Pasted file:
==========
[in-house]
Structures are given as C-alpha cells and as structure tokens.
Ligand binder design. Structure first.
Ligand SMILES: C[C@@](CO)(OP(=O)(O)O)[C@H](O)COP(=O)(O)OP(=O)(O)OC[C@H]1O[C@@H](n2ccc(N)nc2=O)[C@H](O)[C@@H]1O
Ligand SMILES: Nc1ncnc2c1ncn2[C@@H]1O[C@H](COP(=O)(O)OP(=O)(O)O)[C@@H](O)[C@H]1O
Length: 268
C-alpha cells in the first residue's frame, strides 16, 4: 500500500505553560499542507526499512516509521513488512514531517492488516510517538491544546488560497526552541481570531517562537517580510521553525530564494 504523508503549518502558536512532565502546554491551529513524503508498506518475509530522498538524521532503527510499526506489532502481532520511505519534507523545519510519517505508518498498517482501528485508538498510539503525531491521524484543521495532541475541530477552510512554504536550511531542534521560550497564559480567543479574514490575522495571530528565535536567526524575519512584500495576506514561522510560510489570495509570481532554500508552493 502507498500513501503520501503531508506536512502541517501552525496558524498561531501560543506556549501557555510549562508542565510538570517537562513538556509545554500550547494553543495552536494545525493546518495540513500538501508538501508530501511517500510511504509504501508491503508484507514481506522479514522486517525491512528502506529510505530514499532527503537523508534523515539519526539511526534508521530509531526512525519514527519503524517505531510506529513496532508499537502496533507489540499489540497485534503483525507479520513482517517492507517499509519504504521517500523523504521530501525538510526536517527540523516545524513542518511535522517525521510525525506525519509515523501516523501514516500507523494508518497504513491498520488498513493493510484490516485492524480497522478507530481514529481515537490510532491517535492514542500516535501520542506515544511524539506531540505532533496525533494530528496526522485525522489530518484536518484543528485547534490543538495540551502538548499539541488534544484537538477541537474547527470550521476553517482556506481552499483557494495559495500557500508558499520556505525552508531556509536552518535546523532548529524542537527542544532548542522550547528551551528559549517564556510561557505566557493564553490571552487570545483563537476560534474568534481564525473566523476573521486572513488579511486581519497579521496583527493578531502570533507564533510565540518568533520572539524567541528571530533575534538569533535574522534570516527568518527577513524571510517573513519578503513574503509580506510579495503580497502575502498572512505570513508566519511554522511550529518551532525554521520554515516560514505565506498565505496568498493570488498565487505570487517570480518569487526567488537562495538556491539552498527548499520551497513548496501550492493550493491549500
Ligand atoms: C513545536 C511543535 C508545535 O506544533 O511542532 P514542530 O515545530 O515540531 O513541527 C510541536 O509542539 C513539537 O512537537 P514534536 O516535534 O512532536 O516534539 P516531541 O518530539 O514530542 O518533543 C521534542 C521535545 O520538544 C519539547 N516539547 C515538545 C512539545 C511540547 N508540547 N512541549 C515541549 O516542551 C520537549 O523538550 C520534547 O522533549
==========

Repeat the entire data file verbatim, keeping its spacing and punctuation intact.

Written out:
[in-house]
Structures are given as C-alpha cells and as structure tokens.
Ligand binder design. Structure first.
Ligand SMILES: C[C@@](CO)(OP(=O)(O)O)[C@H](O)COP(=O)(O)OP(=O)(O)OC[C@H]1O[C@@H](n2ccc(N)nc2=O)[C@H](O)[C@@H]1O
Ligand SMILES: Nc1ncnc2c1ncn2[C@@H]1O[C@H](COP(=O)(O)OP(=O)(O)O)[C@@H](O)[C@H]1O
Length: 268
C-alpha cells in the first residue's frame, strides 16, 4: 500500500505553560499542507526499512516509521513488512514531517492488516510517538491544546488560497526552541481570531517562537517580510521553525530564494 504523508503549518502558536512532565502546554491551529513524503508498506518475509530522498538524521532503527510499526506489532502481532520511505519534507523545519510519517505508518498498517482501528485508538498510539503525531491521524484543521495532541475541530477552510512554504536550511531542534521560550497564559480567543479574514490575522495571530528565535536567526524575519512584500495576506514561522510560510489570495509570481532554500508552493 502507498500513501503520501503531508506536512502541517501552525496558524498561531501560543506556549501557555510549562508542565510538570517537562513538556509545554500550547494553543495552536494545525493546518495540513500538501508538501508530501511517500510511504509504501508491503508484507514481506522479514522486517525491512528502506529510505530514499532527503537523508534523515539519526539511526534508521530509531526512525519514527519503524517505531510506529513496532508499537502496533507489540499489540497485534503483525507479520513482517517492507517499509519504504521517500523523504521530501525538510526536517527540523516545524513542518511535522517525521510525525506525519509515523501516523501514516500507523494508518497504513491498520488498513493493510484490516485492524480497522478507530481514529481515537490510532491517535492514542500516535501520542506515544511524539506531540505532533496525533494530528496526522485525522489530518484536518484543528485547534490543538495540551502538548499539541488534544484537538477541537474547527470550521476553517482556506481552499483557494495559495500557500508558499520556505525552508531556509536552518535546523532548529524542537527542544532548542522550547528551551528559549517564556510561557505566557493564553490571552487570545483563537476560534474568534481564525473566523476573521486572513488579511486581519497579521496583527493578531502570533507564533510565540518568533520572539524567541528571530533575534538569533535574522534570516527568518527577513524571510517573513519578503513574503509580506510579495503580497502575502498572512505570513508566519511554522511550529518551532525554521520554515516560514505565506498565505496568498493570488498565487505570487517570480518569487526567488537562495538556491539552498527548499520551497513548496501550492493550493491549500
Ligand atoms: C513545536 C511543535 C508545535 O506544533 O511542532 P514542530 O515545530 O515540531 O513541527 C510541536 O509542539 C513539537 O512537537 P514534536 O516535534 O512532536 O516534539 P516531541 O518530539 O514530542 O518533543 C521534542 C521535545 O520538544 C519539547 N516539547 C515538545 C512539545 C511540547 N508540547 N512541549 C515541549 O516542551 C520537549 O523538550 C520534547 O522533549